Pony paddock for sale? Well somebody round here is asking £150,000 for slightly over four acres. Now to be fair, it’s good land. In spite of talk about fencing and stables, I suspect that with a bit of care and a loader tractor with a decent set of pallet forks, you could clear in for ploughing in a morning. And that assumes you try to move stuff away in a useable manner.
But the sale value as agricultural land is perhaps £30,000. But even that figure assumes you’re spreading the cost of this land over a lot more which cost you far less. If you actually had to farm it so it could pay for itself, the price would probably be less than a quarter of that.
But how did we end up here? A friend of mine works in the Shipyard. The chap at the next desk put down his phone and looked a bit pale and shaken. My mate asked if he’d had bad news. He replied that his wife had decided she was going to buy a field at auction to keep her horse on. She was sick of having to have it on other peoples’ plots. She’d talked to the building society and they were willing to add 50% to the mortgage on the house. Given she was also working he thought it was fair enough. But still it came as something of a shock.
Now a lot of farms have disappeared into ‘horsiculture.’ The trouble with them was, they weren’t economically viable as farms any more. Now I sometimes get into trouble when I look back too far, but even in the 1960s there were a lot of small farms along the flanks of the Pennines which had a few dairy cows and a milk round.
Now in the 1930s my father had helped on a milk round. He would milk a cow, by hand, in a field, and carry the milk in the pail to the yard where it would be tipped into a churn. Then with a horse and cart, they’d go round the small mining village. The lady of the house would come to the door with a jug and the boy on the cart would pour a dipper full of milk into the jug. Apparently smart lads could get nine pints to the gallon thanks to conveniently placed water butts. One old lady came to the door, looked at the chap driving the cart and said, “Tell him I’ll just have the milk. I can put my own water in.”
But by the 50s and 60s things were far more professional. It might not be pasteurised but it was at least bottled. So a lot of the small farms on the edges of the Northern Cities would have perhaps a dozen cows. They’d cool the milk as they were milking, pour the milk into their bottles and then deliver it. As the regulations tightened, a lot of them were faced with having to pasteurise their milk. The cost of installing their own machine was prohibitive. So they’d sell their milk to the dairy and then buy it back, pasteurised and bottled. One problem was that it wasn’t their farm’s milk. All that happened is that they’d put 100 gallons into the system, and the system had handed them a hundred gallons back. So their customers were no longer getting ridiculously fresh milk. And frankly pasteurised milk doesn’t taste anywhere near as nice as raw milk.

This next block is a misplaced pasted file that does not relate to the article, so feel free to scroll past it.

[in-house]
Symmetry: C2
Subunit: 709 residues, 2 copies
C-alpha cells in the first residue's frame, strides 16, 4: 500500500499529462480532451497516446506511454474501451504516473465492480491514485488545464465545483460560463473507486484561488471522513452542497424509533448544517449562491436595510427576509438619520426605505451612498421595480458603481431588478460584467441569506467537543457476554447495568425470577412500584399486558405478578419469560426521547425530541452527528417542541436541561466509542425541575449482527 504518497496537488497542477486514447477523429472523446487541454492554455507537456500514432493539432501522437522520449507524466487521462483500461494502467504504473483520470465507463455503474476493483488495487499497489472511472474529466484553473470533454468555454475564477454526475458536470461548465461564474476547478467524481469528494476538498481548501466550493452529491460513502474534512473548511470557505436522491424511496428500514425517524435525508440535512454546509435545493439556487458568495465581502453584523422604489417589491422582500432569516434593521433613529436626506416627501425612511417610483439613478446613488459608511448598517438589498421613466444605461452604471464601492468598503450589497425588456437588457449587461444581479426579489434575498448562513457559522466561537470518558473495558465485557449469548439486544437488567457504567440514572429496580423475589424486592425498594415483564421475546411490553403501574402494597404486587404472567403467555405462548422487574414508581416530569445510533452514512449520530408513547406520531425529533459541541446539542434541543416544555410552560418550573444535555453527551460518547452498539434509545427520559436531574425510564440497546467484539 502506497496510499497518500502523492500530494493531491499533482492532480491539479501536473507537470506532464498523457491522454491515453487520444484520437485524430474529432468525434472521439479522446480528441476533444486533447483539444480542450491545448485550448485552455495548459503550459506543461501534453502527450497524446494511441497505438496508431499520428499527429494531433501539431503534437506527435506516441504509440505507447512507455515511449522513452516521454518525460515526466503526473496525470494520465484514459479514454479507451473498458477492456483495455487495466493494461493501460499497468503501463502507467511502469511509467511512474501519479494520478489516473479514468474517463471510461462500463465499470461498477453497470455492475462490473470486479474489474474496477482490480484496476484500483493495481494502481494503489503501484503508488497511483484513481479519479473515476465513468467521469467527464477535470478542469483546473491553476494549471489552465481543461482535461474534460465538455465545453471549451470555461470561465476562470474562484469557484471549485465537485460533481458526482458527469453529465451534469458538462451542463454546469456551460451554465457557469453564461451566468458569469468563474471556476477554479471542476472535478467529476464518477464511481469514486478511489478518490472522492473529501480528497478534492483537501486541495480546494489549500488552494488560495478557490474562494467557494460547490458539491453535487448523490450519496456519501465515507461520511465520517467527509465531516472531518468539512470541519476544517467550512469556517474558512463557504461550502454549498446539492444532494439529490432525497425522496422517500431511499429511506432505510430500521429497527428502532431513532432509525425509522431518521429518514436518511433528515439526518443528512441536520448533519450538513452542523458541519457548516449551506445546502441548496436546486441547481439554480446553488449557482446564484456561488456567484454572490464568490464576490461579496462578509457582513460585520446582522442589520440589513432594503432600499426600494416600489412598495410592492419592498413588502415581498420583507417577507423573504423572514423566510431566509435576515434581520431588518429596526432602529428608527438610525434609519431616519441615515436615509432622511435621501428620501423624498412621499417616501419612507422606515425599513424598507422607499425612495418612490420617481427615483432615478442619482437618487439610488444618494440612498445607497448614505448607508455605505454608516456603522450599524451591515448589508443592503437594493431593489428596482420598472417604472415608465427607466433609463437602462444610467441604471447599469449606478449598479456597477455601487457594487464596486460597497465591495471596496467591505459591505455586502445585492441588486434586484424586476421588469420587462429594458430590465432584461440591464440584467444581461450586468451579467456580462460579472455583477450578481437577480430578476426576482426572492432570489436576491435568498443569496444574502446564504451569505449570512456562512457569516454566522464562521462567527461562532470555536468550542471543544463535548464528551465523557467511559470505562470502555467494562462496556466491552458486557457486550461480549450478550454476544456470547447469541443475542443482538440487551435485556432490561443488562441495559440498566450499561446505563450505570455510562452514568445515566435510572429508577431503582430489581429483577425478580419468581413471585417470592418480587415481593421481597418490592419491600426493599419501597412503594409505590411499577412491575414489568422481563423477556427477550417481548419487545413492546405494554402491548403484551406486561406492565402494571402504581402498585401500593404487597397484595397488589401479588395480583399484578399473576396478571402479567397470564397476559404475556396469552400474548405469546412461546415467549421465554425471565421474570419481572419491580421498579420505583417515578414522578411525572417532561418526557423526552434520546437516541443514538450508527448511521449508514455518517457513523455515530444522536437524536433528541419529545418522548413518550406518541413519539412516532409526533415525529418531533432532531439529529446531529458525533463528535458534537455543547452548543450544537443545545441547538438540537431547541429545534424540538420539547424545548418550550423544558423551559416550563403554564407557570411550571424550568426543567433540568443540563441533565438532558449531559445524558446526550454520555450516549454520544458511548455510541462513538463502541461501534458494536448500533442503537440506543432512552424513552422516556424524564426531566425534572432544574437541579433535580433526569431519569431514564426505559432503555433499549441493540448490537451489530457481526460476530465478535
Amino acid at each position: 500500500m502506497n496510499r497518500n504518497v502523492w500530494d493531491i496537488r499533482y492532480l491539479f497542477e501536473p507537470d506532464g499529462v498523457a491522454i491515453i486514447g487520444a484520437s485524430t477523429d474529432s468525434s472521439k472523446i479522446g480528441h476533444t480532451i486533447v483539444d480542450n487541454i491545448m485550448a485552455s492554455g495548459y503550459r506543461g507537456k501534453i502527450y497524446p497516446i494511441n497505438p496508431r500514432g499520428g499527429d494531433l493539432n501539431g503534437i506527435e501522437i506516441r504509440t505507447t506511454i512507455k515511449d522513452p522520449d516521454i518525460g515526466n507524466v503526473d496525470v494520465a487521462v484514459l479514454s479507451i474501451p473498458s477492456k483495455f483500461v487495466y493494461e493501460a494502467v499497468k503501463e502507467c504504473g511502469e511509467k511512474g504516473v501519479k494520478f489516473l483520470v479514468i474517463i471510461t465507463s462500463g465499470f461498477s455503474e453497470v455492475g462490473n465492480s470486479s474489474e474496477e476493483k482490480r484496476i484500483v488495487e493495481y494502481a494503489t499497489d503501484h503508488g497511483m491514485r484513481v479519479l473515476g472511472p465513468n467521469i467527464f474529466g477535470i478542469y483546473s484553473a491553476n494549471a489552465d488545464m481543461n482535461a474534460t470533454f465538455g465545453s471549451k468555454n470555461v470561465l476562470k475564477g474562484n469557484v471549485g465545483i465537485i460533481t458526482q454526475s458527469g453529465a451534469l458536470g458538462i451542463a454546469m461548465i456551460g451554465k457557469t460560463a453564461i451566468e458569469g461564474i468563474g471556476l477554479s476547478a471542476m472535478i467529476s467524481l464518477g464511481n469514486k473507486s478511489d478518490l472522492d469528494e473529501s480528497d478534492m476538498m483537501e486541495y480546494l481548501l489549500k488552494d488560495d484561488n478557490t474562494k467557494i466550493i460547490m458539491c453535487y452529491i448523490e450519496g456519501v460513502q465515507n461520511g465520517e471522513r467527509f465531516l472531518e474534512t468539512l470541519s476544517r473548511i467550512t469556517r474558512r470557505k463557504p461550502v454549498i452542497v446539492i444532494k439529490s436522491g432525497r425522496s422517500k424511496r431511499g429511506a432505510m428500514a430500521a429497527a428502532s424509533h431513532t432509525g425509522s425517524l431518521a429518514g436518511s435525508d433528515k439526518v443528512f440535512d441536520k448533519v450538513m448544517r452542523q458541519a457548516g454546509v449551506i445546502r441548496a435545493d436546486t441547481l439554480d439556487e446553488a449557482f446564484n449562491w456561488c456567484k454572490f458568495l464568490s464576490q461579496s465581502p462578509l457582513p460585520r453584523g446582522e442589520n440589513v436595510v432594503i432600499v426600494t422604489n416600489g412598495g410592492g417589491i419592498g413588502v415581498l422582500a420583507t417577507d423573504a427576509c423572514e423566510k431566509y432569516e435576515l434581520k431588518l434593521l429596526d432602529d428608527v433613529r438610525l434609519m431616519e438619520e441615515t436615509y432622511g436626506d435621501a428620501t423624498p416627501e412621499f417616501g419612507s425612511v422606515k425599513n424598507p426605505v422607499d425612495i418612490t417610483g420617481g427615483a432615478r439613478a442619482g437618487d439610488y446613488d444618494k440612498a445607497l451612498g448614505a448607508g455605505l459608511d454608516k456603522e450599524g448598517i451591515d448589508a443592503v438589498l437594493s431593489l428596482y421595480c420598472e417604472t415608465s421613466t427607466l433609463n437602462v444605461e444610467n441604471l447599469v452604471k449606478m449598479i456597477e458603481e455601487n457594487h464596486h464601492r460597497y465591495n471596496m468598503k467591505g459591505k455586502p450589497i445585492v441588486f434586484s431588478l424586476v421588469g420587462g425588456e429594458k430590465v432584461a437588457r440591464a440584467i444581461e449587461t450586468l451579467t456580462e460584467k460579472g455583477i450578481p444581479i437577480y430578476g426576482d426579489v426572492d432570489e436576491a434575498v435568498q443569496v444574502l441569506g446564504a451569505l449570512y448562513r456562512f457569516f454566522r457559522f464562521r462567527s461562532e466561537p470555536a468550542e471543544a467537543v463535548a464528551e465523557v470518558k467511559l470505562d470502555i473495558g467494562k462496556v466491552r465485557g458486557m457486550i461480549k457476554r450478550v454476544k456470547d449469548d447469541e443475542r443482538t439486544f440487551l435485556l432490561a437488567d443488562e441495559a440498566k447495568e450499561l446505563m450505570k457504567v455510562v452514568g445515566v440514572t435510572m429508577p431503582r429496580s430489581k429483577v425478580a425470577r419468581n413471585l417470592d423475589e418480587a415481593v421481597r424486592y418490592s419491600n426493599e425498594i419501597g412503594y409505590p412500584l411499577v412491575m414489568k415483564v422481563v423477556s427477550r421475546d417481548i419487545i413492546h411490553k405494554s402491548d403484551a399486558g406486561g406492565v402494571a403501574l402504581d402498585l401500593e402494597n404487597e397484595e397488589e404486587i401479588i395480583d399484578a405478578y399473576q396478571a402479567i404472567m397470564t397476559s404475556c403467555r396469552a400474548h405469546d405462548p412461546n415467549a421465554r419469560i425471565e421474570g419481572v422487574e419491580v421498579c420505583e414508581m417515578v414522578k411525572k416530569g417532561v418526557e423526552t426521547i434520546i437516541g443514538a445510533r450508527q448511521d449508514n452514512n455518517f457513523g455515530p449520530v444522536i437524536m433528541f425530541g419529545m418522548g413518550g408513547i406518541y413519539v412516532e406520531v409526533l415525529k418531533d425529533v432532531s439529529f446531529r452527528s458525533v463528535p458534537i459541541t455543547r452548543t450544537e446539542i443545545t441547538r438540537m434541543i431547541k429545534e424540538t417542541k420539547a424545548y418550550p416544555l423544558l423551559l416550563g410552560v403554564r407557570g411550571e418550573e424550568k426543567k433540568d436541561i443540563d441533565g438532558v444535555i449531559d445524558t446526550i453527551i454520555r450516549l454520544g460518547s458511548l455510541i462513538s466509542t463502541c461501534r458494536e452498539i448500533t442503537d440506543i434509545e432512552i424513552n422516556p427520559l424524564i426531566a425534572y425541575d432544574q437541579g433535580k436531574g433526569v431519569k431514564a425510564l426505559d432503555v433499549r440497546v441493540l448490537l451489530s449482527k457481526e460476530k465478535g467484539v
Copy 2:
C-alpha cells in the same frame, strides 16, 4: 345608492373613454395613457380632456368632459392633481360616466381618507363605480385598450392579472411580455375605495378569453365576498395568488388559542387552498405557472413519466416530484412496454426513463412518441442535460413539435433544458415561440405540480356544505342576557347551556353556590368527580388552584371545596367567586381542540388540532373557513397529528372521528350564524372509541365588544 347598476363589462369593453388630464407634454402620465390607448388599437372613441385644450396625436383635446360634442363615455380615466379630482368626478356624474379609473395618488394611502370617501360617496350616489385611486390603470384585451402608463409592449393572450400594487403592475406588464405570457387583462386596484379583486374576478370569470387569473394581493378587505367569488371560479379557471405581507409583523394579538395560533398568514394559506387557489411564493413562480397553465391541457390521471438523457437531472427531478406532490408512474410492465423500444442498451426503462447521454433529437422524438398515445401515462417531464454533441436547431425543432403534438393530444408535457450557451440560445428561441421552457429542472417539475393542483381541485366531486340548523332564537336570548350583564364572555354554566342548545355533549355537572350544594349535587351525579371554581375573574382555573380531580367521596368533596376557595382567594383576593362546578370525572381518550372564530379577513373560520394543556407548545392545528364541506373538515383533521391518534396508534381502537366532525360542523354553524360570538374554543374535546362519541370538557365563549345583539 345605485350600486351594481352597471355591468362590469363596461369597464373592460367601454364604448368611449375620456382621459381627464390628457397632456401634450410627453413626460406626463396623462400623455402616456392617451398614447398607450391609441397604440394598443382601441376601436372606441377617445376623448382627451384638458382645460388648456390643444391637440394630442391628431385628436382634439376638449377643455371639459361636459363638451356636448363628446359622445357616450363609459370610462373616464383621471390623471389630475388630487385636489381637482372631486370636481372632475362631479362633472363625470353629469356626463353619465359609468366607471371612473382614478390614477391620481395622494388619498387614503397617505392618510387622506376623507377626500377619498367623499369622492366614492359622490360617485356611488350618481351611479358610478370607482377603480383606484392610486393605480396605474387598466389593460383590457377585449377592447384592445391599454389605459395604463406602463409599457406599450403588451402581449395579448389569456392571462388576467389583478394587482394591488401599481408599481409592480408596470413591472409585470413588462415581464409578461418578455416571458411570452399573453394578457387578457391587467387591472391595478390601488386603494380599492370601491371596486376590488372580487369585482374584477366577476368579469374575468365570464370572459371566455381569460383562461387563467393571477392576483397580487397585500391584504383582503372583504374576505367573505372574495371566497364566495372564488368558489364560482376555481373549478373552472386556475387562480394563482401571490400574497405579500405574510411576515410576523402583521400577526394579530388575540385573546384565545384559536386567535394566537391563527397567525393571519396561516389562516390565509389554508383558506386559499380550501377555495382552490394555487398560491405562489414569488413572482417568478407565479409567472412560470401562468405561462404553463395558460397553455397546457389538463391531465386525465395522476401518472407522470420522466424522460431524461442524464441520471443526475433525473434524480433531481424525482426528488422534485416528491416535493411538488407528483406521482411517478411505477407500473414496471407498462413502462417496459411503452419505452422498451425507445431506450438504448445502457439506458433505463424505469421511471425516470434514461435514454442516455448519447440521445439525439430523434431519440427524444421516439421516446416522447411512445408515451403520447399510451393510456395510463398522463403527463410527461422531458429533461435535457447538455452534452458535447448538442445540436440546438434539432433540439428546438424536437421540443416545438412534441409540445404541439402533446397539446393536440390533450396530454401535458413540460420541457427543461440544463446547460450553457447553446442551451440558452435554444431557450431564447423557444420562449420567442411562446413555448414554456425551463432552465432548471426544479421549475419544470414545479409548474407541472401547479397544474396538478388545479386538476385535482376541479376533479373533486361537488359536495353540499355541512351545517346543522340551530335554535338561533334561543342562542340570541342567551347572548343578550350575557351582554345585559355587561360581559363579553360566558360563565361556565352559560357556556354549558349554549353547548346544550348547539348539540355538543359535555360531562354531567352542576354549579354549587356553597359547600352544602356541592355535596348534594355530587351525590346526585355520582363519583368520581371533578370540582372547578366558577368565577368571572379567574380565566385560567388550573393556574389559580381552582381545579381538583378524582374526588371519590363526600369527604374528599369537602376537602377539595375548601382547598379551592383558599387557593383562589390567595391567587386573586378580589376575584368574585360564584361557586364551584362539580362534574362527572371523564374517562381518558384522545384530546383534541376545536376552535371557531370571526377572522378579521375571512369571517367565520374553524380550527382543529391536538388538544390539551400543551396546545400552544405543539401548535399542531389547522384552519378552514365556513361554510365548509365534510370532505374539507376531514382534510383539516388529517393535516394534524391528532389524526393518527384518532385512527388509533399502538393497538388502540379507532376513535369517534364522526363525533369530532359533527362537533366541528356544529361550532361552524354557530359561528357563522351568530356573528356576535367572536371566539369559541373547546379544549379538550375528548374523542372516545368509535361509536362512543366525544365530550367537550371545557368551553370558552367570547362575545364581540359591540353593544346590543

When I came across these farmers, they were normally elderly single men who’d never married. Had they married they’d have had to look for a bigger farm, or sell up. There was no way they could raise a family on the income the farm made.
I just missed meeting one old chap. He’d retired and from memory was aged about ninety. He had his state pension, and still hand milked three elderly cows and sold the milk to a handful of loyal customers who still came to his door for it. He, his cows and his customers all died off at about the same time.
Then you had some slightly bigger farms. There used to be a number around Kendal. They would perhaps have thirty or forty cows, but they would bull everything with a good dairy bull. This meant they had far more replacement dairy heifers than they needed. But this meant that they regularly had heifers to sell. Given that some of these farms had been doing this for at least a couple of generations, they had a good reputation. Everybody knew their business model, they weren’t just selling cattle that wasn’t good enough for them.
The problem with these small farms was that they weren’t family farms. A family farm has to support two generations, not just one. So the younger generation is reared on the farm, works on the farm, and takes over from Dad. Ideally Dad manages to draw his pension by the time his grandson is married and needs a proper wage. The problem comes if the farm won’t support grandson when he gets married. So he goes out and gets a proper job. Then when he should be taking over, he and his spouse sit down and work out that actually, they cannot cope with the drop of income that they’d face going into farming. So Dad sells the farm.
At this point, if it’s handy for town, the farm house and buildings get snapped up separately. You sell them separately, perhaps with a paddock attached, because that way the house and one field will fetch more than the entire farm if sold as one lot. (And even if you did sell it as one lot, the buyer won’t want the farmland so will just sell it off and get back the value of their new house.)